Letter From The Editor - Issue 58 - August 2017

Bookmark and Share

My Account
Submissions
About IGMS / Staff
E-mail this page
Write to Us

 


Writing Fantasy

  
At The Picture Show
July 2015

Minions

Missing Gru

The 'Minions' are on their own this time ... and even they're not so keen on the idea

Minions
Universal Pictures
Director: Kyle Balda and Pierre Coffin
Screenplay: Brian Lynch
Starring: The voices of Pierre Coffin, Sandra Bullock, Jon Hamm, Michael Keaton, Allison Janney and Jennifer Saunders
Rated PG / 1 hour, 31 minutes
July 10, 2015
(out of four)

We've all seen it. A memorable supporting character - particularly one defined by his or her eccentricities - that doesn't have the same effect once elevated to center stage. Or a great supporting actor that utterly fails to transition to leading roles. Generally speaking, it's just a simple miscalculation - a flawed gauge of what made the character or performer thrive in the first place.

It comes down to determining whether something is a main course, a side dish, or a garnish. Take tomatoes, for example. Tomatoes are great. They're great in pasta, and on sandwiches, and in salads, and on burgers, and especially in (or as) soup. But no one just grabs a tomato and bites into it. Or has a bowl of tomatoes for dinner. Don't even try to tell me you enjoy eating tomatoes by themselves. You're probably lying, and if not, you disgust me. In any case, this is the long way of saying that Despicable Me's ever-popular Minions are like the tomatoes of movie characters. Great on the side, but they can't carry the whole show.

It's a common impulse (and common error) in movies and television to try to exploit a popular entity as much as possible, even when it seems like a fundamentally bad idea from the get-go. Not that this is news, but there's something to be said for knowing your role. Once that changes, your entire dynamic - your entire effect - changes with it. The Lone Gunmen were a brilliant recurring trio on The X-Files, but their own show was awful, and a complete misunderstanding of why those characters worked the way they did. Norm was my favorite character on Cheers, but I can't imagine a Norm-centric spinoff would have been anything but a disaster. Ditto The Office's proposed Dwight Schrute spinoff.

I realize I'm primarily using TV examples in a movie review, so ... how about the fact that the Ewoks got their own standalone movie?

To be fair, there are successful examples that proved my (and others') expectations unequivocally wrong. Last year's Penguins of Madagascar, for one. Or even more recently, the inexplicably great Better Call Saul (which seemed, on its face, like a doomed idea). Then again, that show redefined/re-envisioned our understanding of Saul Goodman as a character. The Minions in Minions, on the other hand, are exactly the same as they were before, only now they're in the role of protagonists instead of auxiliary comic relief. The filmmakers - directors Kyle Balda and Pierre Coffin (who also voices all of the Minions) and writer Brian Lynch - do make some smart decisions with them. They allow the Minions to still be largely passive, reactive characters; they think they're driving the action when actually, for the most part, they're just getting swept along for the ride. The Minions are at their best when they're just absurd (and, crucially, unexplained) creatures, reacting to the world around them with childlike enthusiasm and infantile behavior. In the film's standout moments, they get to do just that.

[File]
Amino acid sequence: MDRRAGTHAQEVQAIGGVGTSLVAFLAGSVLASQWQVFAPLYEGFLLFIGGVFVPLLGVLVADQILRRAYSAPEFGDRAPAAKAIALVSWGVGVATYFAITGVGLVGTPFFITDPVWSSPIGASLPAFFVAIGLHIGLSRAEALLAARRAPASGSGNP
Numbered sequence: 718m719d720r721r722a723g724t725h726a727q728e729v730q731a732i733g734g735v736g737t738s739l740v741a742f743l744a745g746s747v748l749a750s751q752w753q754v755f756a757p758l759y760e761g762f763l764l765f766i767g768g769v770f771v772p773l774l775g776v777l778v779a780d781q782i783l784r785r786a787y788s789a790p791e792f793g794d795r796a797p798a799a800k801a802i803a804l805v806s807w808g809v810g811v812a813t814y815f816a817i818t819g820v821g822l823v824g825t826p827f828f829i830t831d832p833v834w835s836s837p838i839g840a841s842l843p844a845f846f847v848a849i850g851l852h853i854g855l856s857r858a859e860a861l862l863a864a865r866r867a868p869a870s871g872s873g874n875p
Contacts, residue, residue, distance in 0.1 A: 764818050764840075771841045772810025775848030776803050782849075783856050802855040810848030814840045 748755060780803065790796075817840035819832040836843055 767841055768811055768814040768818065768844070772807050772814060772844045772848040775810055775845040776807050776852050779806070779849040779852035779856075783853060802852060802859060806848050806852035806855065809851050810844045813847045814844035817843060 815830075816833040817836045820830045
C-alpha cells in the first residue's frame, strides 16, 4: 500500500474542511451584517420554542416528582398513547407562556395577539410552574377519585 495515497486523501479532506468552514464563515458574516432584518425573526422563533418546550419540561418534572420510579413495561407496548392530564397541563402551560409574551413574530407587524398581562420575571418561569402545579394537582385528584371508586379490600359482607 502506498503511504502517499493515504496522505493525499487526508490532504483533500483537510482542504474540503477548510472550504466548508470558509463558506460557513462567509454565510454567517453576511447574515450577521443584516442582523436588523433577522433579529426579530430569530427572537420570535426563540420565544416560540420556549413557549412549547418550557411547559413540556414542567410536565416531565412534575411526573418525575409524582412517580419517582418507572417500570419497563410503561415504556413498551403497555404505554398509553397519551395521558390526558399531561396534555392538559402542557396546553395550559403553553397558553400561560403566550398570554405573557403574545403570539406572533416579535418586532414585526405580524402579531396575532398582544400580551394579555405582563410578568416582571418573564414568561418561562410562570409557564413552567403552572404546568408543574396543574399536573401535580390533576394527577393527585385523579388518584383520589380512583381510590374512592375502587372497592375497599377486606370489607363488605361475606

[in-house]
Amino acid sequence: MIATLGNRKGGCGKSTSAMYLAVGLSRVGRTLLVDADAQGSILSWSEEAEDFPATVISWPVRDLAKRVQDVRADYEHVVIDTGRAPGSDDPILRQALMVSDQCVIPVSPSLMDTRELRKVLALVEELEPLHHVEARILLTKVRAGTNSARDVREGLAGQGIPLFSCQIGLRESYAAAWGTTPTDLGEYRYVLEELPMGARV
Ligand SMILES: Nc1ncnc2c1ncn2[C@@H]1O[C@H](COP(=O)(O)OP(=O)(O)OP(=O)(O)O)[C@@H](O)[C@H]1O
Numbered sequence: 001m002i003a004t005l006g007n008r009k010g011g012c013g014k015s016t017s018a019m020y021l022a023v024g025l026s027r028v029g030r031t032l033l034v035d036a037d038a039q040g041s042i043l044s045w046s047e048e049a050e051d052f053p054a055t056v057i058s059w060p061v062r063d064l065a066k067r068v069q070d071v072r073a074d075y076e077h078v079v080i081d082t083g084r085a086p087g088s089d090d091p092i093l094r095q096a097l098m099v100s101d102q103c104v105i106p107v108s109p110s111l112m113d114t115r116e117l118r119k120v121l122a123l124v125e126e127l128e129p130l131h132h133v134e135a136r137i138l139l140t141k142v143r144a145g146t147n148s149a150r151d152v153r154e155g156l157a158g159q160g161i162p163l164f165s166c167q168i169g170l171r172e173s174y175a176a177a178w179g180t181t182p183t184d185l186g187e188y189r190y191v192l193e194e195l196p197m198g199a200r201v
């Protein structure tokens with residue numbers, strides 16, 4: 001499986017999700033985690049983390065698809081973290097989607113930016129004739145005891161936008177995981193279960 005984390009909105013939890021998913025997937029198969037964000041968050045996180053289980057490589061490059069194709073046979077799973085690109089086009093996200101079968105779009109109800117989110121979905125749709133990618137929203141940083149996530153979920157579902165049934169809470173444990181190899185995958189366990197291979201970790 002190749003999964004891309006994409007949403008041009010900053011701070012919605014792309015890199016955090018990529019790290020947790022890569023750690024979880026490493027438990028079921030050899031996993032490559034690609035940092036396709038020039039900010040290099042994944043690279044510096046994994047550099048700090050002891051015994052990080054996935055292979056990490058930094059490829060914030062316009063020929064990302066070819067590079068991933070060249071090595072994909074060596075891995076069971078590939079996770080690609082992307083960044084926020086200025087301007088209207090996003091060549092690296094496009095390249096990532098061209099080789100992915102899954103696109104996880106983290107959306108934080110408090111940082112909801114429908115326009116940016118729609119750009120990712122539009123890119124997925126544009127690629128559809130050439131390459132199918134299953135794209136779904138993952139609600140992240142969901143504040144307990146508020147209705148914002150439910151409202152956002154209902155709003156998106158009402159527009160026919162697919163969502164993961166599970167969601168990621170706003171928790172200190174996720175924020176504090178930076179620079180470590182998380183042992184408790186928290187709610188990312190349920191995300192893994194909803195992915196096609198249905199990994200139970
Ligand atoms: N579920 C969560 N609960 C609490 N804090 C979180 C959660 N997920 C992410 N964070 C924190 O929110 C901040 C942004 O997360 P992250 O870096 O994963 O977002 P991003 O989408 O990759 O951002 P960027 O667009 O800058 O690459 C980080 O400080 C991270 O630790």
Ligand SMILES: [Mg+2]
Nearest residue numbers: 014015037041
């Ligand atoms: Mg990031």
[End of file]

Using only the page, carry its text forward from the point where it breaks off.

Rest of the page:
But, now that they're the featured players in a feature film, they've been given (admittedly loose) emotional arcs and an actual narrative to follow, which doesn't play to their strengths. They're great at punctuating moments; it's hard to punctuate an entire story with the same impact. We get a whole narrated backstory detailing their existence throughout history - serving one evil character after another, from dinosaurs to vampires to tyrants - leading up to the dead-end in which they've found themselves before setting sail for America in the late 1960s.

Even the Minions seem to know they don't belong in the spotlight. This whole movie is about their collective search for a (villainous) master to serve - a lead character, if you will, that will allow them to move back to their natural, comfortable supporting roles - which we know will invariably (in this movie or another) lead them to Gru's doorstep. The story is such a perfect metaphor for the movie's own inherent problem that I'm rather ashamed I didn't notice it right away. It couldn't be more appropriate.

The nail in the film's coffin is that nobody the Minions cross paths with - neither supervillain Scarlett Overkill (Sandra Bullock), nor her weapon-inventing husband Herb (Jon Hamm), nor the various criminals and royals that populate the rest of this animated world - is able to make up the difference. Too often, the Minions are on their own, forced to keep a story moving that doesn't have anywhere in particular to go. Scarlett - who prides herself on being the world's first female supervillain - seems like the biggest missed opportunity. If the film had fleshed her out and even let her do the story's heavy lifting, the title characters may have been right at home. Instead, too often they don't have much to react to, or play off of. This is a movie badly in need of despicable Gru, or someone like him.


Read more by Chris Bellamy


Home | My Account / Log Out | Submissions | Index | Contact | About IGMS | Linking to Us | IGMS Store | Forum
        Copyright © 2017 Hatrack River Enterprises   Web Site Hosted and Designed by WebBoulevard.com